The Northern Grapes Project was funded in 2011 by the USDA NIFA Specialty Crops Research Initiative. The emergence of cold hardy, Vitis riparia-based wine grape cultivars in the 1990s created a new and rapidly expanding industry of small vineyard and winery enterprises in more than 12 states in New England, northern New York, and the Upper Midwest, boosting rural economies in those regions. Read more.
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The University of Minnesota recently released its fifth cold-hardy wine grape, named ‘Itasca.’ Itasca arose from a 2002 cross made by Peter Hemstad between Frontenac gris and MN 1243, and was identified in 2009 as an elite seedling.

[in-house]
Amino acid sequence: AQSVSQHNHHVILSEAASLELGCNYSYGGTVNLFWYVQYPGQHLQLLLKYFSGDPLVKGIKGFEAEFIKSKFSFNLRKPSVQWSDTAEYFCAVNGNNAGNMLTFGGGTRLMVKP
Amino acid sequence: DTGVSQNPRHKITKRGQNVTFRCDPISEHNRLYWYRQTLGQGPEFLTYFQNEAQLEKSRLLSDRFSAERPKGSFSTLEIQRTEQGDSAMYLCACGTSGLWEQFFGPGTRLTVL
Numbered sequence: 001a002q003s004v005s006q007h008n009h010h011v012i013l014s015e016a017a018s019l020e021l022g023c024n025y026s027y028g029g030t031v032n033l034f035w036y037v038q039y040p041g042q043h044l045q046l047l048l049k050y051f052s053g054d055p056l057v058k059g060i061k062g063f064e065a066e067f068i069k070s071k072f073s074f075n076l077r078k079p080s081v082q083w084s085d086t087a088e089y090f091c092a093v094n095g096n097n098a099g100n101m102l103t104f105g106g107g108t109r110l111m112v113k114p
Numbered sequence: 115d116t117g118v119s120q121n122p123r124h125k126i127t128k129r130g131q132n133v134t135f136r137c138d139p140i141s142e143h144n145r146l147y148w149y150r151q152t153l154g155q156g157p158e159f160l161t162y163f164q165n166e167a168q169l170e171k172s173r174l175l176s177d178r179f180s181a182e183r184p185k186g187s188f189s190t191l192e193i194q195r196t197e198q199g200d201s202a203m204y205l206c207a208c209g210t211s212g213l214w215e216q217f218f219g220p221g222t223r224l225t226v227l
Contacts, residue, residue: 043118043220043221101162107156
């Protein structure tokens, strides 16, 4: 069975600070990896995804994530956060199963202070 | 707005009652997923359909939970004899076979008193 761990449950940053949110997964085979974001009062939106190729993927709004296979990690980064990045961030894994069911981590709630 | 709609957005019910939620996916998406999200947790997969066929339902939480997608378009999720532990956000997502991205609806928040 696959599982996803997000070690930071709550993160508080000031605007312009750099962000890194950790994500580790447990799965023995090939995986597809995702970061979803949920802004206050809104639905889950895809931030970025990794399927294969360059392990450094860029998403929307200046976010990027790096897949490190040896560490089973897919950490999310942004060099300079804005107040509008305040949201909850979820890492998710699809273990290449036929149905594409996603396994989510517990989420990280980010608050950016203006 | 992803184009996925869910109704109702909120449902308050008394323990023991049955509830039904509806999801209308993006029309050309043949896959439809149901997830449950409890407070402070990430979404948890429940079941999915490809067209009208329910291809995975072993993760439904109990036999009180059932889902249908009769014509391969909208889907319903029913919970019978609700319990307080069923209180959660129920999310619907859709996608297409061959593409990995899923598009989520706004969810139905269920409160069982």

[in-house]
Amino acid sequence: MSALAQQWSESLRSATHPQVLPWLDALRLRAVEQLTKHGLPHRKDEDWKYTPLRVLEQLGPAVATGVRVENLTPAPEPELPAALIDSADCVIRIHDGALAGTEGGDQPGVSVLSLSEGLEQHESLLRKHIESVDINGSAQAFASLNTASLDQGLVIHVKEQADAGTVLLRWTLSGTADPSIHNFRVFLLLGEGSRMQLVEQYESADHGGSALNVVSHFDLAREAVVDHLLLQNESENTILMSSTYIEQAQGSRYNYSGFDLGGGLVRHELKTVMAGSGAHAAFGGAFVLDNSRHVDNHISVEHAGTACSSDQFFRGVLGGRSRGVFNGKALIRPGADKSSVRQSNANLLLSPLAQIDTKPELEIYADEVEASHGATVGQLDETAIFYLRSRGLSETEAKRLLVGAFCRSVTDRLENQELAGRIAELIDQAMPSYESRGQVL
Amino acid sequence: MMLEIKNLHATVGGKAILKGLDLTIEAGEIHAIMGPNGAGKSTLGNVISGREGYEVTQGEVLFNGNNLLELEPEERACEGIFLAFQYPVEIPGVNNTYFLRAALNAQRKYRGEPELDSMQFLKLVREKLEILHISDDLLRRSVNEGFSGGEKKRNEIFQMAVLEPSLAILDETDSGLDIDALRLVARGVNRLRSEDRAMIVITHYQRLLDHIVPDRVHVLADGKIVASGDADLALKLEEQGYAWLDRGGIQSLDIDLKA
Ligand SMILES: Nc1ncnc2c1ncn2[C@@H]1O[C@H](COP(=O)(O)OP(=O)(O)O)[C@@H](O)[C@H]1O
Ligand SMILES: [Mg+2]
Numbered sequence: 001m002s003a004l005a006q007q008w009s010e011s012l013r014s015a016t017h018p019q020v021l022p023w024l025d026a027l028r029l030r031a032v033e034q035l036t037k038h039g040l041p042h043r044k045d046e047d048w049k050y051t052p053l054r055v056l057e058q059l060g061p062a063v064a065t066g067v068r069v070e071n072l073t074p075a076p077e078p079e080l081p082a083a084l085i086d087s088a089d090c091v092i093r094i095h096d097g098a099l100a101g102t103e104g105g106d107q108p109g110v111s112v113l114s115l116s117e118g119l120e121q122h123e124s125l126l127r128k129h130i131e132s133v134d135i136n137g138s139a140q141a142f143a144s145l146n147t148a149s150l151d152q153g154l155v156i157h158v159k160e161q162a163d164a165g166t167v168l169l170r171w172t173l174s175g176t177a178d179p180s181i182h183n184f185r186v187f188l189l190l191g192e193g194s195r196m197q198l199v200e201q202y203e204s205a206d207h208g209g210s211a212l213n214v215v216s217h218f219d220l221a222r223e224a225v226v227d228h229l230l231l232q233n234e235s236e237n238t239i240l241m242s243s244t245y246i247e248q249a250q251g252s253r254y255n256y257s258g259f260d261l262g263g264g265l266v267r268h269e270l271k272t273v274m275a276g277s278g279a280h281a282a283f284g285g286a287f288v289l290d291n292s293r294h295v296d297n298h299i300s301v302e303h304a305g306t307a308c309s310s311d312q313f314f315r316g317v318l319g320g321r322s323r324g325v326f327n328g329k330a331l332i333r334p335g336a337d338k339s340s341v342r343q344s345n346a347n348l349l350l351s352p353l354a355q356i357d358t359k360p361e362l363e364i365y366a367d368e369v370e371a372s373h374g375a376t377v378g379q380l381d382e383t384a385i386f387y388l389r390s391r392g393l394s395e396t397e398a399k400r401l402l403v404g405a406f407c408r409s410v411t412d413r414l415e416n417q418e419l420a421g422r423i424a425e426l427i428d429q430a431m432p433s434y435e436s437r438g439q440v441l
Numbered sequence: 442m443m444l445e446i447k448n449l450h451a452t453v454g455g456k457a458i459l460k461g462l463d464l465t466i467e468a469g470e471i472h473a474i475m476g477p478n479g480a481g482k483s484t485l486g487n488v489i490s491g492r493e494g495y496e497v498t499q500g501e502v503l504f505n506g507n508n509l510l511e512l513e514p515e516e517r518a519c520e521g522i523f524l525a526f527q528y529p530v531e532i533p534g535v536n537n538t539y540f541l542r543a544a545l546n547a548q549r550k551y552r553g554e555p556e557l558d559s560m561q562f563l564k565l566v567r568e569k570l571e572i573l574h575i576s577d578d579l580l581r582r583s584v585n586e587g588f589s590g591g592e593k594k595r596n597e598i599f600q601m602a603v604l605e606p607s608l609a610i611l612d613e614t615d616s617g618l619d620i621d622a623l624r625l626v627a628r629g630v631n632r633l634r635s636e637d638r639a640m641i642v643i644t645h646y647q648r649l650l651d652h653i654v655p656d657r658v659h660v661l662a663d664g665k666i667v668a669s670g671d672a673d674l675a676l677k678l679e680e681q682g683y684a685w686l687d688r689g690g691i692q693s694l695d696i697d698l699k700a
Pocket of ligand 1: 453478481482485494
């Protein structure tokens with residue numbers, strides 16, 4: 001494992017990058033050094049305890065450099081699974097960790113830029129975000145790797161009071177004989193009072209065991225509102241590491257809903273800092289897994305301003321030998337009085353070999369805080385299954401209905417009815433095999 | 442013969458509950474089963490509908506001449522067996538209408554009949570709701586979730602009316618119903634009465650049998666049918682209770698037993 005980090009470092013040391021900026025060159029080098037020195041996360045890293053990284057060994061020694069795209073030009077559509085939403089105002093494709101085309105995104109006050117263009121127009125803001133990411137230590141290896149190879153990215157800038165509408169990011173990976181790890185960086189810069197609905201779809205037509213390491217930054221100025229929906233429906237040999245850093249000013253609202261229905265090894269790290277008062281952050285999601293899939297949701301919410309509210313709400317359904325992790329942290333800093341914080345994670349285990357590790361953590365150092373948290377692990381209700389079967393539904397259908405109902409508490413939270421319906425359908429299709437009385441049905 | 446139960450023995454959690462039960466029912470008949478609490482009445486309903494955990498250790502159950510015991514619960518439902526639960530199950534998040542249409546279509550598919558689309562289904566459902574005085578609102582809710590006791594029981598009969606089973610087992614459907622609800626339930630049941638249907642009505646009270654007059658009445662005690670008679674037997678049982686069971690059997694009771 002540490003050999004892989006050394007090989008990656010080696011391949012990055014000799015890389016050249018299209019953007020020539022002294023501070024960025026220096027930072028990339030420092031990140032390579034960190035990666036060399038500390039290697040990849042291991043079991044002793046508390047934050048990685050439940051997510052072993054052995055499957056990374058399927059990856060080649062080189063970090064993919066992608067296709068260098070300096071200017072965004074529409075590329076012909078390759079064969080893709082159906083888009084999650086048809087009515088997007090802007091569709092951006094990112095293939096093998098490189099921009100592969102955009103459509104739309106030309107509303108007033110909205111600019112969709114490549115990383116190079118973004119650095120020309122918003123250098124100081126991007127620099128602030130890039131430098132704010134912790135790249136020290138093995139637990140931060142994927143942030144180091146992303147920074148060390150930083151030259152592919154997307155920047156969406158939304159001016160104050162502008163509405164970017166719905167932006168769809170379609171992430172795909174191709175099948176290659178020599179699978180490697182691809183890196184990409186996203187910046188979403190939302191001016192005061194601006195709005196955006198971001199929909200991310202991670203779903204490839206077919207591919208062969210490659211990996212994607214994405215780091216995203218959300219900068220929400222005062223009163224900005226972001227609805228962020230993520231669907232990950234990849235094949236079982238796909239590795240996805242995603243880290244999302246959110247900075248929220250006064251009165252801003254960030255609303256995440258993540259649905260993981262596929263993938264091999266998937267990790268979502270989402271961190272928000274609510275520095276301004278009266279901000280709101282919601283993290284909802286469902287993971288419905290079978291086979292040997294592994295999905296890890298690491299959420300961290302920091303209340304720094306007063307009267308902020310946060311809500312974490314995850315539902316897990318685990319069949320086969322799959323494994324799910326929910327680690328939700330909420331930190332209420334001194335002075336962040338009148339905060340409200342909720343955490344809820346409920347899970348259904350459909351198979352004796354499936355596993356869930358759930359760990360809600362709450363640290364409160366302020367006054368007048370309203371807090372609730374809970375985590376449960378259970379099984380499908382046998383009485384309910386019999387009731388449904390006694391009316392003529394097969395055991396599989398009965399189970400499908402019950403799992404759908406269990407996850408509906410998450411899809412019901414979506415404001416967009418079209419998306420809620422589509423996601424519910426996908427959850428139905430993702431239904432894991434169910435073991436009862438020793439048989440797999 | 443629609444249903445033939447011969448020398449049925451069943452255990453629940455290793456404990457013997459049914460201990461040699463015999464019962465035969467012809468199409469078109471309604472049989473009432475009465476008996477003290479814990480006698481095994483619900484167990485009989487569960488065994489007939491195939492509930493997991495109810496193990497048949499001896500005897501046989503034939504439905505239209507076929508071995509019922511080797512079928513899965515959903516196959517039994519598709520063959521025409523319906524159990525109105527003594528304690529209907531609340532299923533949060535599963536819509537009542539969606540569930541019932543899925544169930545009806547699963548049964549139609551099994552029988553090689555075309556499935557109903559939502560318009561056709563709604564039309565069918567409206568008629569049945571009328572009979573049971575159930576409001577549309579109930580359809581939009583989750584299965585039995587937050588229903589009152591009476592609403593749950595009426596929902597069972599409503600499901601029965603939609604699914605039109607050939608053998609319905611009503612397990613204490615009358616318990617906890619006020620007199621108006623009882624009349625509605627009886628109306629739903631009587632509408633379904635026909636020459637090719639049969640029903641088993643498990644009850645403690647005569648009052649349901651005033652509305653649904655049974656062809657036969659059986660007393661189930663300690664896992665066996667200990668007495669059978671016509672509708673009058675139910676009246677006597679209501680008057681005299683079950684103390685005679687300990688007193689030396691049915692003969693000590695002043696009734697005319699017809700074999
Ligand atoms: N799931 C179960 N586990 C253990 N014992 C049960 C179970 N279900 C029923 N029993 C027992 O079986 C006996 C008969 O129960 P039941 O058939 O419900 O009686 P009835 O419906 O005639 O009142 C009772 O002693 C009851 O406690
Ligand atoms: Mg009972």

Data provided by Matthew Clark show that at harvest, titratable acidity in Itasca averages close to 10 g/L, while La Crescent is 14.5 g/L and Frontenac gris is 15.5 g/L. After the Polar Vortex winter of 2014, Itasca had over 60% primary bud survival, while other white cultivars had less (Frontenac gris, 20%: Frontenac blanc, 35%; La Crescent, 30%).
Licensed nurseries will begin selling Itasca in 2017.
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Read the February Issue of Northern Grapes News
In this Issue:
Cost of Production in Cold Hardy Grapes
Small Sprayers for Smaller Vineyards
NGP Team Profile: Diana Cochran
NGP Team Profile: Anna Wallis
Fungicide Sensitivity in Cold Hardy Wine Grapes
Click here to download.
Read the Year 4 Progress Report
Click here to download and read the Year 4 Progress Report, which outlines our accomplishments from September 2014 – September 2015. The progress report includes links to “Research Reports,” which cover individual projects by NGP team members.